An undersea robot that is helping restore Great Barrier Reef by seeding damaged parts with thousands of baby corals
As the global temperatures are rising, our oceans are turning acidic, which spells disaster for the world’s coral reefs. Almost 50% of the corals forming Australia’s Great Barrier Reef died in just two years – 2016 and 2017.
However, researchers at two Australian universities have come up with a small undersea robot, named LarvalBot, that is dispersing microscopic baby corals to repopulate damaged parts of the Great Barrier Reef.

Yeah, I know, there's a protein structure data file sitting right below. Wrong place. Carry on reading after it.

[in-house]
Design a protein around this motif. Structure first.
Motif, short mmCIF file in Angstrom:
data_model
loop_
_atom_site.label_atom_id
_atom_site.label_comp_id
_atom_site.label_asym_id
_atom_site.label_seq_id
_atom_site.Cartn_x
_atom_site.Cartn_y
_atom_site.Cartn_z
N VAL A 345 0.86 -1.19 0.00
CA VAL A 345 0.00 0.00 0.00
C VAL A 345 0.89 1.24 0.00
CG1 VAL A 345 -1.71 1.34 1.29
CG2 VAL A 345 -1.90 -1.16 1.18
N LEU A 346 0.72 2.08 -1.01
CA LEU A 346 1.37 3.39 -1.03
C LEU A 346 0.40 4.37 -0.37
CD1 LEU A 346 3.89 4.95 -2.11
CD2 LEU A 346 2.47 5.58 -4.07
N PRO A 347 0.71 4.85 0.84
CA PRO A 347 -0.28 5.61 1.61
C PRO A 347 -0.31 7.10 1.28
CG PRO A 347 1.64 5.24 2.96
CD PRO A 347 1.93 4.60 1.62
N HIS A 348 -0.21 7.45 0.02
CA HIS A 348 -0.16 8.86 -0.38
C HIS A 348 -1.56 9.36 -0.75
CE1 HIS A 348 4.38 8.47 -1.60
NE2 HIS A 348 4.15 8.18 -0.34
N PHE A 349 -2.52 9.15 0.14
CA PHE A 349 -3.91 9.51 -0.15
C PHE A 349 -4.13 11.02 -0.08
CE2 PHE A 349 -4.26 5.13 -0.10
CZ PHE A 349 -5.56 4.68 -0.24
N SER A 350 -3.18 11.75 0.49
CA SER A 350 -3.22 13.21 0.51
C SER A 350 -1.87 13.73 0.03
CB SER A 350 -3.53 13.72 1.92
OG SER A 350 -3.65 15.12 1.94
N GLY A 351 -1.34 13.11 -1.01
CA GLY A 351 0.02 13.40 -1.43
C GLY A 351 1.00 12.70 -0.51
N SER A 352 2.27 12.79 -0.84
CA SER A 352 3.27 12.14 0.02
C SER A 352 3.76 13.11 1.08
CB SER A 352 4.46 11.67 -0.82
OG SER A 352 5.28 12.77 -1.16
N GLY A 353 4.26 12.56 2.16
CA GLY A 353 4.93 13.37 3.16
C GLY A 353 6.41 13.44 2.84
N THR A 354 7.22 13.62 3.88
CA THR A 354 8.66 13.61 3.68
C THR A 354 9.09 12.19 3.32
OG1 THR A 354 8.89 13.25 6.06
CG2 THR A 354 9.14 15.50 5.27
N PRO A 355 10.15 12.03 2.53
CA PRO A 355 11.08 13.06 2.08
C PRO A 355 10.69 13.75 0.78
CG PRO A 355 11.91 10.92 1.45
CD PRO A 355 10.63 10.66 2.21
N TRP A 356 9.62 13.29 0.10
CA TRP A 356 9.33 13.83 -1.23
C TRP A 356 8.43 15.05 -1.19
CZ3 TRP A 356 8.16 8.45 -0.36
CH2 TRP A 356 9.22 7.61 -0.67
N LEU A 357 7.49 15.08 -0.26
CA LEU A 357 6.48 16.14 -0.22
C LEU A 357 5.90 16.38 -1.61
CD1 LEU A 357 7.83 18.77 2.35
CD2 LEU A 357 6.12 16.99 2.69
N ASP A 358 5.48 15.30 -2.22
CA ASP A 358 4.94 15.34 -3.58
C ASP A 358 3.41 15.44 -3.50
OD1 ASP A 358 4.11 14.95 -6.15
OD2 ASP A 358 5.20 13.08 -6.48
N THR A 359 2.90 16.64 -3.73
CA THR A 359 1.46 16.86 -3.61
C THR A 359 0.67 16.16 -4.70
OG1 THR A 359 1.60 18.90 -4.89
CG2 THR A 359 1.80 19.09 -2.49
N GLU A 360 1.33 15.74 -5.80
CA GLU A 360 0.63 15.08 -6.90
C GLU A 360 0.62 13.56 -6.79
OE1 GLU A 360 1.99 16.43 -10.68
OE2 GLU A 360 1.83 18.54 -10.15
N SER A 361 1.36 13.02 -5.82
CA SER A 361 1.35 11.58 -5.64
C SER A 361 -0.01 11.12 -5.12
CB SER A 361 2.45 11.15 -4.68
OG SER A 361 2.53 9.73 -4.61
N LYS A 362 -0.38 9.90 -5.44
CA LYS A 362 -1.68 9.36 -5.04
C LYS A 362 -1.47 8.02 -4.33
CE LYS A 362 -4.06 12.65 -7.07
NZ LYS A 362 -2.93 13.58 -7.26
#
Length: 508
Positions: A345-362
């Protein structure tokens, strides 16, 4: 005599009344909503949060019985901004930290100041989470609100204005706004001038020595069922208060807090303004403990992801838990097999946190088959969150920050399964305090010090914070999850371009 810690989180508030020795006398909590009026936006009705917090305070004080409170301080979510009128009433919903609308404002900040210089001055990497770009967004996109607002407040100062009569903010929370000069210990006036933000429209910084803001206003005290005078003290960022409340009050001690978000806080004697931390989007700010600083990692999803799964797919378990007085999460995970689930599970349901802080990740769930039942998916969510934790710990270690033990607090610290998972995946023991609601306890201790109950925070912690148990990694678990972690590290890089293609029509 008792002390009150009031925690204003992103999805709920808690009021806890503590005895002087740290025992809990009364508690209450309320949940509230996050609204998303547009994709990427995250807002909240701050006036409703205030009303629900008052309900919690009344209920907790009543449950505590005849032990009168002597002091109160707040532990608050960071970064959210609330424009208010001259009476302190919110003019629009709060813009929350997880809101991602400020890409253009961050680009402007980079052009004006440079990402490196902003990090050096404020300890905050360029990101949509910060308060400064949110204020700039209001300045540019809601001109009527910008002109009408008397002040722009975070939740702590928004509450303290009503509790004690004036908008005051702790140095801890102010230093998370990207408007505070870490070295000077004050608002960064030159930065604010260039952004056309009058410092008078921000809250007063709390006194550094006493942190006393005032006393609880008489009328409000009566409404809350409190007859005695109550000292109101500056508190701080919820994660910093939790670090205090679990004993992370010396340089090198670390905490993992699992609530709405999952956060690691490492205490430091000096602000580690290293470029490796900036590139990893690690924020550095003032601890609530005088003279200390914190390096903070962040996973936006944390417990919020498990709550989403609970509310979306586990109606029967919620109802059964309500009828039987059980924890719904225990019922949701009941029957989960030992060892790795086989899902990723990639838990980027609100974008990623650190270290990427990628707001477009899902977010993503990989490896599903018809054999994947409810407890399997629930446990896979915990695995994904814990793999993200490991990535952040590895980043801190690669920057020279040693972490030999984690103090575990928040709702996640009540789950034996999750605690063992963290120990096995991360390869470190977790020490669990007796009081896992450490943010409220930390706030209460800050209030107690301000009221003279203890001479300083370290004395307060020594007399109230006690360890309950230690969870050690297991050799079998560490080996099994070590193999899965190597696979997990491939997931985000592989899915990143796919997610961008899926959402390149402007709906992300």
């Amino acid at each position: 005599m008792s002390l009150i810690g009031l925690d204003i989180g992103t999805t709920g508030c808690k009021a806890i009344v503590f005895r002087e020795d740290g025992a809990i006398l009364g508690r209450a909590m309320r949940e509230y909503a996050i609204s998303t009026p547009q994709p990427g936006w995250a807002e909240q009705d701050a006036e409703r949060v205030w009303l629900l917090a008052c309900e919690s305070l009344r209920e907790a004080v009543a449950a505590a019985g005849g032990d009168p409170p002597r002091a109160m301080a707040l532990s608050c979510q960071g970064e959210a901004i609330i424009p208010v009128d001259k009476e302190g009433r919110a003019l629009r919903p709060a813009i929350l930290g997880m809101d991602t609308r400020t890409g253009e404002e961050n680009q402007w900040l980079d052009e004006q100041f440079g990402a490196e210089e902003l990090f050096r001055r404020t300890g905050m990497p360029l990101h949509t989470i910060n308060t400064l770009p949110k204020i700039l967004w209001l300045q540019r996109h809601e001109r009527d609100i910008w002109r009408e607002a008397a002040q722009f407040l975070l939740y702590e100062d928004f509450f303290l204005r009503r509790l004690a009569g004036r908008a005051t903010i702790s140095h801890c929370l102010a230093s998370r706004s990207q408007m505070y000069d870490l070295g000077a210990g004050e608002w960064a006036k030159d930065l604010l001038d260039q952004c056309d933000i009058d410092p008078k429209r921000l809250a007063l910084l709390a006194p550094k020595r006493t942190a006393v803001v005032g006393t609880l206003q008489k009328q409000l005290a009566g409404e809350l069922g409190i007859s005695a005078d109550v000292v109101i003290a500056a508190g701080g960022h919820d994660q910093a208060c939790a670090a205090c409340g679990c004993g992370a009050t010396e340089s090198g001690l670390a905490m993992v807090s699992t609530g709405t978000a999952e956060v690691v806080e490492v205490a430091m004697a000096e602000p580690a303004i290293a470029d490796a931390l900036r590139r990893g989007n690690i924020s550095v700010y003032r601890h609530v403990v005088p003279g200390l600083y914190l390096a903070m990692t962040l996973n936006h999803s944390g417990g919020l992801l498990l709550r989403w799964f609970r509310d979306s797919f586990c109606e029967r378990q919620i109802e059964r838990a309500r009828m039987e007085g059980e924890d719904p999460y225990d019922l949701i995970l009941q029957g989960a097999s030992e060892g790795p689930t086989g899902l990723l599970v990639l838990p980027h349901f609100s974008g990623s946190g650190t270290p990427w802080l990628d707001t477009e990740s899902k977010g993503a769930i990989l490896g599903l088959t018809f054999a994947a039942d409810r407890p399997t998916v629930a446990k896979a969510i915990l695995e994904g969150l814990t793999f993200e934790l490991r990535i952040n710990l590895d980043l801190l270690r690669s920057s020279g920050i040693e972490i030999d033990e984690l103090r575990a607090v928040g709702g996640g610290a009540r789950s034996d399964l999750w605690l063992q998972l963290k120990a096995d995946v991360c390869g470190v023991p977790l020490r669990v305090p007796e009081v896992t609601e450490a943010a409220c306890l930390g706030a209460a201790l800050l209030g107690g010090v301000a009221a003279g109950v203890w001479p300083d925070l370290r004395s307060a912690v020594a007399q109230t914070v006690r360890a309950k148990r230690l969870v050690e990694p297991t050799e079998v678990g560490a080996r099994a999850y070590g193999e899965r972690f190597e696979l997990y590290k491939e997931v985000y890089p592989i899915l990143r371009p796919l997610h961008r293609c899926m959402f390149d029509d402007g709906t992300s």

The robot is designed to move autonomously along damaged sections of reef, seeding them with hundreds of thousands of microscopic baby corals.
“The reduced number of corals means we’ve lost the ability for coral to provide enough larvae to settle and restore these communities quickly,” said Peter Harrison, director of the Marine Ecology Research Center at Southern Cross University and the leader of the coral restoration project. “The idea here is to use an automated technique that allows us to target delivery of the larvae into damaged reef systems and increase the efficiency that new coral communities can be generated.”